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Joe Carr, left, and Lamar Alexander

In the final days of the Republican primary for one of Tennessee's seats in the U.S. Senate, Sen. Lamar Alexander and his challenger, state Rep. Joe Carr, R-Lascassas, were drumming up support in East Tennessee.

Carr criticized Alexander, suggesting that the state's senior senator hasn't gotten much done in Washington. Alexander, on the other hand, mostly stayed away from direct attacks against his opponent and defended his own record on everything from immigration to how he gets things done in a gridlocked government.

Carr was in East Ridge on Friday. He pushed hard on his signature theme, opposing what he calls amnesty for immigrants here illegally, during a rally hosted by the Beat Lamar super PAC at America's Best Value Inn on Camp Jordan Road.

"My record is strong against amnesty," Carr said, highlighting his work on the E-Verify amendment on an unemployment benefits bill passed this year in the General Assembly, an amendment he said he wrote.

Surrounded by signs reading "Restore America" and "Beat Lamar," a casually dressed audience of a few dozen people clapped as Carr attacked Alexander's two terms in the Senate.

"What has he accomplished in his 12 years?" Carr asked the crowd. "Nothing much, but now people can go fishing below the dam," he answered. He was referring to a bill Alexander pushed to let people fish on rivers below U.S Army Corps of Engineers dams.

Carr said Alexander's votes to end debate on bills that support Obamacare and his position on immigration reform, veterans health and other issues should concern conservative voters.

"I want to put a face on those people who are discouraged by the political process because Washington is more involved in perpetuating a status quo that allows those in power to remain in power," Carr said. "We need to pull the authority and power out of Washington and give it back to the states and the people."

During an appearance Saturday at Lee University in Cleveland, Tenn., Alexander responded to Carr's pro-amnesty allegations.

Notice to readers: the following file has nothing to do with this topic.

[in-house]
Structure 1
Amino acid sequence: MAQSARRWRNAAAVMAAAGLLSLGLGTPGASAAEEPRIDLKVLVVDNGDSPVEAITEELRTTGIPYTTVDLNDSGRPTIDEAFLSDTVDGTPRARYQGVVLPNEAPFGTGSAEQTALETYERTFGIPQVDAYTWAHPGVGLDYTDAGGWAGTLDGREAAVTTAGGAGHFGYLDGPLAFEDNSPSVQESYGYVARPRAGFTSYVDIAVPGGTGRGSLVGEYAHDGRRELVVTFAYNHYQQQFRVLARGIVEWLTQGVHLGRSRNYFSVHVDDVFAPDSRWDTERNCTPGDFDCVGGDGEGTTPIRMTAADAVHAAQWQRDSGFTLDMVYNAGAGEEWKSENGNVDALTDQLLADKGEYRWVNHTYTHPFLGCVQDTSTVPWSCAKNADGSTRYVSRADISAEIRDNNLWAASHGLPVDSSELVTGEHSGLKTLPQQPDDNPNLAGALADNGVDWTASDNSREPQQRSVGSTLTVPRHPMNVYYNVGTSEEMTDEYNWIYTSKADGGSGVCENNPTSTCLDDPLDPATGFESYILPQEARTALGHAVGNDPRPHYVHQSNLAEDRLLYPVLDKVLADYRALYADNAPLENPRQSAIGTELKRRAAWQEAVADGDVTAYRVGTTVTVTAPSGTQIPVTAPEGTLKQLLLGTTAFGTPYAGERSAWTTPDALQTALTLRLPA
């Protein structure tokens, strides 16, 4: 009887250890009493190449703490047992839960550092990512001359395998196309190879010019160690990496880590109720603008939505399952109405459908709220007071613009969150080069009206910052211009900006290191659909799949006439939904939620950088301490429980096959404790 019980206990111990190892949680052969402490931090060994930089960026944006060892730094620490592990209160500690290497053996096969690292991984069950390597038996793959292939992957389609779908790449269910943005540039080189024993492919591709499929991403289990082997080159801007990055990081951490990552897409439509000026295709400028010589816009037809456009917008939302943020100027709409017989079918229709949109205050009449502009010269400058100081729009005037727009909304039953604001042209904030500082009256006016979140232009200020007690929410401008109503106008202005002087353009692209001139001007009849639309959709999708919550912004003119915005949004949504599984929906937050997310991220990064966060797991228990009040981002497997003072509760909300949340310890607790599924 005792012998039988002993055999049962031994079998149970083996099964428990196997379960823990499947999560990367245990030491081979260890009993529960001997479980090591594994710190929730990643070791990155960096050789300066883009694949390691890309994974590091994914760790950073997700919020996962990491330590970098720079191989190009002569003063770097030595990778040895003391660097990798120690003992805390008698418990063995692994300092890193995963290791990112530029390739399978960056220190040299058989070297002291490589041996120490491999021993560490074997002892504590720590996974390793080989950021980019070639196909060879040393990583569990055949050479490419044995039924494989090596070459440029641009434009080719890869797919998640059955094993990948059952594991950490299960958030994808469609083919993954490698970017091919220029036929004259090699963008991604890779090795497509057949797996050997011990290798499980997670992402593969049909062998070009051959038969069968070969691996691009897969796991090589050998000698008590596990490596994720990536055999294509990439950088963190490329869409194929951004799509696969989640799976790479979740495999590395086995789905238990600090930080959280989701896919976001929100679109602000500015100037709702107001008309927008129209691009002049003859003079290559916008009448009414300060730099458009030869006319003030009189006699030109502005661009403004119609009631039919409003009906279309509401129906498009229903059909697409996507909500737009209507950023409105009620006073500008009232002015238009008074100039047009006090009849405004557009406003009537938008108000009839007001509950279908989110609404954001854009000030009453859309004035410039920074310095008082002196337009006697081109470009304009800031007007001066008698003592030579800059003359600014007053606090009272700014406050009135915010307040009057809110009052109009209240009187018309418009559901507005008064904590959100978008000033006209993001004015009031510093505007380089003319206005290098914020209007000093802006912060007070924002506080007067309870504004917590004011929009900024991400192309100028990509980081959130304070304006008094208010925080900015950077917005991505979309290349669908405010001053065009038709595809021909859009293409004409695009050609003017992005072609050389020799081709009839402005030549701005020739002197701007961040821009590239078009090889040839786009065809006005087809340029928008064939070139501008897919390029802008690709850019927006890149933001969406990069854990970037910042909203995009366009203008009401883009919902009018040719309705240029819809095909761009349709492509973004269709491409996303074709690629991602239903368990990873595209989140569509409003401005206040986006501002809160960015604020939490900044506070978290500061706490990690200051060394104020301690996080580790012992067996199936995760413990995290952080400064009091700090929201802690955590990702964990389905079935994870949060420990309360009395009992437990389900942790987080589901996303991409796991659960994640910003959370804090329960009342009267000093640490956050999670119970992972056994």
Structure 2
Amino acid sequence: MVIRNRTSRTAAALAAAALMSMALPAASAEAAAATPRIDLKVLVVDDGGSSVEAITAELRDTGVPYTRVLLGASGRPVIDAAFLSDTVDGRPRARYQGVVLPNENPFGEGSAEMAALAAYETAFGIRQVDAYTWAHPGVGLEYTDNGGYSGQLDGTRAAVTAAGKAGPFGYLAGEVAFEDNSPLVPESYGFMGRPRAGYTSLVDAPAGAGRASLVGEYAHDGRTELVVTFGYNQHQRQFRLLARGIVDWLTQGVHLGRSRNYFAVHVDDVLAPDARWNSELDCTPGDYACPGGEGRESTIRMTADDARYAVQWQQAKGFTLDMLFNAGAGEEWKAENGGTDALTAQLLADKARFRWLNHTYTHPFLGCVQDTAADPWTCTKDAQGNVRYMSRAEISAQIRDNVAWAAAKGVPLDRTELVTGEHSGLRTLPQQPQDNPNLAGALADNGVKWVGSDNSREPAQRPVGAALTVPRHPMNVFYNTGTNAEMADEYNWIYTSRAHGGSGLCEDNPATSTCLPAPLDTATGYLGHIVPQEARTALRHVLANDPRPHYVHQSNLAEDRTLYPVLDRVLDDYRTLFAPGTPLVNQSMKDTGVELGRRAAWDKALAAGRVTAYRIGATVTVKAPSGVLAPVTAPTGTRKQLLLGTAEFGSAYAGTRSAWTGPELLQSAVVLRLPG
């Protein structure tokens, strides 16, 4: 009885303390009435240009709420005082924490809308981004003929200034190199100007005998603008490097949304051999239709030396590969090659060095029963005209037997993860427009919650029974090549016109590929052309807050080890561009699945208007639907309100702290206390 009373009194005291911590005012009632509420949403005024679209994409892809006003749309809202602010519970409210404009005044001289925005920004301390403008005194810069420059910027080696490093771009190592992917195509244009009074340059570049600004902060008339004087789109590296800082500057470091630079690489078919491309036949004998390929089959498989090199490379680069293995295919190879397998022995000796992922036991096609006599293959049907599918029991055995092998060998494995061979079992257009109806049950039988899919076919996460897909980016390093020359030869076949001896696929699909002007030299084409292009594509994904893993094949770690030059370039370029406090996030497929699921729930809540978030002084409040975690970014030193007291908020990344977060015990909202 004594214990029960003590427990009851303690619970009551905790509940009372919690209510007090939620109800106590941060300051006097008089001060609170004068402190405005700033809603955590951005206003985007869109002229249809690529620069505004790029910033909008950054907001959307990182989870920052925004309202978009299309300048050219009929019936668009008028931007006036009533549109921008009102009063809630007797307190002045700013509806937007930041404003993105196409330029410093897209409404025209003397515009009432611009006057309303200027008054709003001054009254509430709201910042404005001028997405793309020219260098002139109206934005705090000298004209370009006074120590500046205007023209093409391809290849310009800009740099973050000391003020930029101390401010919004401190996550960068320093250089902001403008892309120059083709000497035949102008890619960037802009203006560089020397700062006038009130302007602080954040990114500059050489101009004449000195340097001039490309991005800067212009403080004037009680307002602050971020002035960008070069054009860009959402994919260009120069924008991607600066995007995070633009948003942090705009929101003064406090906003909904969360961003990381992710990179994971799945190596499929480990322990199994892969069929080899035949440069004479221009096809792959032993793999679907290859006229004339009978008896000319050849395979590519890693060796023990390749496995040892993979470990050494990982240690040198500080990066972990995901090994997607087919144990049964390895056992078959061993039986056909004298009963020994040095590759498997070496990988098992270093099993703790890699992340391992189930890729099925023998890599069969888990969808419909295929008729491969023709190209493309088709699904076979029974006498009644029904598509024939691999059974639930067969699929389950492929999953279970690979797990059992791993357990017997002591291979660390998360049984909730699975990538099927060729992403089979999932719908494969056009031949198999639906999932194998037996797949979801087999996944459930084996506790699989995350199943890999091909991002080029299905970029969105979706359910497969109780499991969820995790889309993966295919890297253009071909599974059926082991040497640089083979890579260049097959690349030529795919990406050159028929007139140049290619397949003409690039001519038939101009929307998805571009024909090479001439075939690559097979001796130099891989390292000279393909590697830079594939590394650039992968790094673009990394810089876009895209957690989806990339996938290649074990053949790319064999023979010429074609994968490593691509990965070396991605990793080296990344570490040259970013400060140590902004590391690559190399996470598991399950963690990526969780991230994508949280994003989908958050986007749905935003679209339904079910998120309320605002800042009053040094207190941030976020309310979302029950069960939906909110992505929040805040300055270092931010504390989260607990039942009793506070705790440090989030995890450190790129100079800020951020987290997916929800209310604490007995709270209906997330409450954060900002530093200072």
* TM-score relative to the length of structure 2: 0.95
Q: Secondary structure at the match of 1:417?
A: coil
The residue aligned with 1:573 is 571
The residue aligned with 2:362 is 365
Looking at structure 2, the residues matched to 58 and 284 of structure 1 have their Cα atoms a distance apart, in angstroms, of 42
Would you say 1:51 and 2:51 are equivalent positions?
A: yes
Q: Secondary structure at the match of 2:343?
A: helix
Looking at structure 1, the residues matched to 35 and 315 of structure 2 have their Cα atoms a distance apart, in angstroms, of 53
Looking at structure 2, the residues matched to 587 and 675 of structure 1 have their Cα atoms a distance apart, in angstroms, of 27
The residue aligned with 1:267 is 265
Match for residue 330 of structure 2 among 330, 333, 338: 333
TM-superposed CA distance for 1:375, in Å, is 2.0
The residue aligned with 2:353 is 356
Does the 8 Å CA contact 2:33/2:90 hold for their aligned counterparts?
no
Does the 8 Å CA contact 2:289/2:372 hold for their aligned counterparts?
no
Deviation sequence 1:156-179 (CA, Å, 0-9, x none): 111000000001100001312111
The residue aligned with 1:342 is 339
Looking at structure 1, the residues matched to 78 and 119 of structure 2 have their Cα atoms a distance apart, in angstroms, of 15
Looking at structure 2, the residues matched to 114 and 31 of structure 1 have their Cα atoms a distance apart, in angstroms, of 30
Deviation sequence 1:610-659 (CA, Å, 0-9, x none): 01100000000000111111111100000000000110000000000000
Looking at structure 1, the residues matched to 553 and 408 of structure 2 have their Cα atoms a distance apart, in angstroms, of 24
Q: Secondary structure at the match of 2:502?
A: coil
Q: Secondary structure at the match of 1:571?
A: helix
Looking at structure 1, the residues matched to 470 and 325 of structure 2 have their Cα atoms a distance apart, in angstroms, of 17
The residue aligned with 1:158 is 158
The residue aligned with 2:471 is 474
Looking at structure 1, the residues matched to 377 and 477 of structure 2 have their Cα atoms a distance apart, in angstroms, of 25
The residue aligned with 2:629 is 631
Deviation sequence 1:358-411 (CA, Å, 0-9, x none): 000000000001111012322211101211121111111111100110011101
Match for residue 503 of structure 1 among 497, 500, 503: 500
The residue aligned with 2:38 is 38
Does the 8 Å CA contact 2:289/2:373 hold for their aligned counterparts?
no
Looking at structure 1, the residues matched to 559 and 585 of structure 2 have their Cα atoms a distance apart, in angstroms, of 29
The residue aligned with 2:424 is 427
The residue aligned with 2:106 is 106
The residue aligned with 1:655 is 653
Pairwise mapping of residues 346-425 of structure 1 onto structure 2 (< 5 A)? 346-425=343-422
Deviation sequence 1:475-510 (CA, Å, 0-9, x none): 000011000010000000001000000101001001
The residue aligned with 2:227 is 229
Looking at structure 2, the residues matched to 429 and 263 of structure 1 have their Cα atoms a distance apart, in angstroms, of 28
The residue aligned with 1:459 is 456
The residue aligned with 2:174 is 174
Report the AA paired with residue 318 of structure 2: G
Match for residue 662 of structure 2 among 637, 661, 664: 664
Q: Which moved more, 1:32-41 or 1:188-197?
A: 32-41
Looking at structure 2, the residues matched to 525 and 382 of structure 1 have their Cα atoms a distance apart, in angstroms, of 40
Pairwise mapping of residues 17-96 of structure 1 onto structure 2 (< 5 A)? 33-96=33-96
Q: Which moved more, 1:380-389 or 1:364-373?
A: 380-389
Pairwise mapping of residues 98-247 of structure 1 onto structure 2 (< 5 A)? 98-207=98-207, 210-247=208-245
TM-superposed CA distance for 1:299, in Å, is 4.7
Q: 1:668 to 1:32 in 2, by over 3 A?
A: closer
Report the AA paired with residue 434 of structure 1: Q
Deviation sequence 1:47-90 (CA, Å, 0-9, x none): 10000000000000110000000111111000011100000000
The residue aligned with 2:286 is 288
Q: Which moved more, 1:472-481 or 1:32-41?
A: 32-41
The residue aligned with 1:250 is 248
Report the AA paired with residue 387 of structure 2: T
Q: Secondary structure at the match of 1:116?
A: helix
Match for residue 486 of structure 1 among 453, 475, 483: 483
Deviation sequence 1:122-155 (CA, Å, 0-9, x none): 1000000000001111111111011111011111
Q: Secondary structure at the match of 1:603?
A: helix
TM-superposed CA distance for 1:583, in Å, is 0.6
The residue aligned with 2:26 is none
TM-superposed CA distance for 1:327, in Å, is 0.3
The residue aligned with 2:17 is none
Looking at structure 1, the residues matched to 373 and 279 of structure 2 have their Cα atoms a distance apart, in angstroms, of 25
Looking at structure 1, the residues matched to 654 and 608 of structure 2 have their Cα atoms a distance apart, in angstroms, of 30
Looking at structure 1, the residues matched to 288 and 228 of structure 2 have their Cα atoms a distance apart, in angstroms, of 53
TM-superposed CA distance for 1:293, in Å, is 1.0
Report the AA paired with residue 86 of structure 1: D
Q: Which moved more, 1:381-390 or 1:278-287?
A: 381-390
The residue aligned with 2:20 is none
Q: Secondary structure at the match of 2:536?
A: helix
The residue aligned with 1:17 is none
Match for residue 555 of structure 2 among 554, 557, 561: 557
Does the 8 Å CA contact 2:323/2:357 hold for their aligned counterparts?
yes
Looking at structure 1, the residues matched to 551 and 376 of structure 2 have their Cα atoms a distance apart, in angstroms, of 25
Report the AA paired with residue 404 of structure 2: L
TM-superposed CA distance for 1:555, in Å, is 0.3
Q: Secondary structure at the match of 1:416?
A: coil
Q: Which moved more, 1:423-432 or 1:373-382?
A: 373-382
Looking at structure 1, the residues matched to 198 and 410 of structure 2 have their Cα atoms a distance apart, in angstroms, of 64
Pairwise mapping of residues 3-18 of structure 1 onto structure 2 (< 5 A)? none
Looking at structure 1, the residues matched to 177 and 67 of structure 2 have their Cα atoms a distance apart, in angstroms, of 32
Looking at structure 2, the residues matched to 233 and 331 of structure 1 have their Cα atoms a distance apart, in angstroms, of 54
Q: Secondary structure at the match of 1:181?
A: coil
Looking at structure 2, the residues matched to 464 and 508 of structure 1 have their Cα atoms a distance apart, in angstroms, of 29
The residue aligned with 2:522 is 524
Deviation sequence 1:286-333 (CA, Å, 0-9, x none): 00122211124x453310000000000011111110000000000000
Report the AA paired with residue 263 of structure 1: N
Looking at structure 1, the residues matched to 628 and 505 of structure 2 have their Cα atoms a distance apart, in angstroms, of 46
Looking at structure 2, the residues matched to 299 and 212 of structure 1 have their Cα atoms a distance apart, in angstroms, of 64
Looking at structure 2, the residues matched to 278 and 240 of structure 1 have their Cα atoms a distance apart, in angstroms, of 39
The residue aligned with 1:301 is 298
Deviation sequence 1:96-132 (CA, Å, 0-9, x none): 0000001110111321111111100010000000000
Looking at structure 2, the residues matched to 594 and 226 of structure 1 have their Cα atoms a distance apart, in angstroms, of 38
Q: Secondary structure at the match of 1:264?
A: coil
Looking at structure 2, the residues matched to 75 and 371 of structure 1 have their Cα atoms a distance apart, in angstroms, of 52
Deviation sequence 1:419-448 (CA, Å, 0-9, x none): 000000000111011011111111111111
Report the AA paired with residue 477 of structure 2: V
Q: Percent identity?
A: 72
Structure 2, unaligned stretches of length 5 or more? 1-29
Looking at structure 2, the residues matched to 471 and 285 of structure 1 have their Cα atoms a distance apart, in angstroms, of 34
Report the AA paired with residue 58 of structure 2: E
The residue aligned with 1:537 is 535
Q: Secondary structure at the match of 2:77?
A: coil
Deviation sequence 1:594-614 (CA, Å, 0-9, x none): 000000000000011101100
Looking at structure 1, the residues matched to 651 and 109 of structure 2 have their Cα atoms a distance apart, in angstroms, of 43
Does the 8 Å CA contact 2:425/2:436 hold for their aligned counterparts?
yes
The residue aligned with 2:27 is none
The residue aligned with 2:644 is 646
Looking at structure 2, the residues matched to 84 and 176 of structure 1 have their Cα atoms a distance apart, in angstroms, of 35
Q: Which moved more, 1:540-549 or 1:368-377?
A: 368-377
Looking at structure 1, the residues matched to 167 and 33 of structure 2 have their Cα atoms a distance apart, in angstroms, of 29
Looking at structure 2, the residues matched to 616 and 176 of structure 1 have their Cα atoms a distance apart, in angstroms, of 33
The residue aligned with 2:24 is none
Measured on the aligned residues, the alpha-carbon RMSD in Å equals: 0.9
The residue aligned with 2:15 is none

"In 2013, I voted to end amnesty for 11 million Americans who are illegally here," said Alexander. "I voted to double border security and I voted to create a legal immigration system. If you are opposed to that, then you're for amnesty."

The bill, which never passed the Senate, didn't grant amnesty to anyone, according to, an independent watchdog group.

Alexander also brushed aside criticism he said he had received for working with people to get things done in government, and stated that with the possibility of achieving a Republican majority in the Senate, "the stakes are high."

"I'm not in the 'shut down the government' crowd, I'm in the 'take the government over' crowd and move it in a different direction," said Alexander.

Alexander listed some of his key concerns in the coming year, including the simplification of student federal financial aid paperwork, deregulation of higher education, reversing the trend toward a national school board and replacing Obamacare with something that offers consumers more freedom of choice and lower costs.

The reduction of undergraduate student loan interest rates from above 6 percent to below 4 percent is the most important initiative he has been involved with recently, he said.

"It's a big success story, because it involves $100 billion in federal loans that are made every year," said Alexander.

Paul Leach is based in Cleveland. Email him at

Contact staff writer Kendi Anderson at or at 423-757-6592.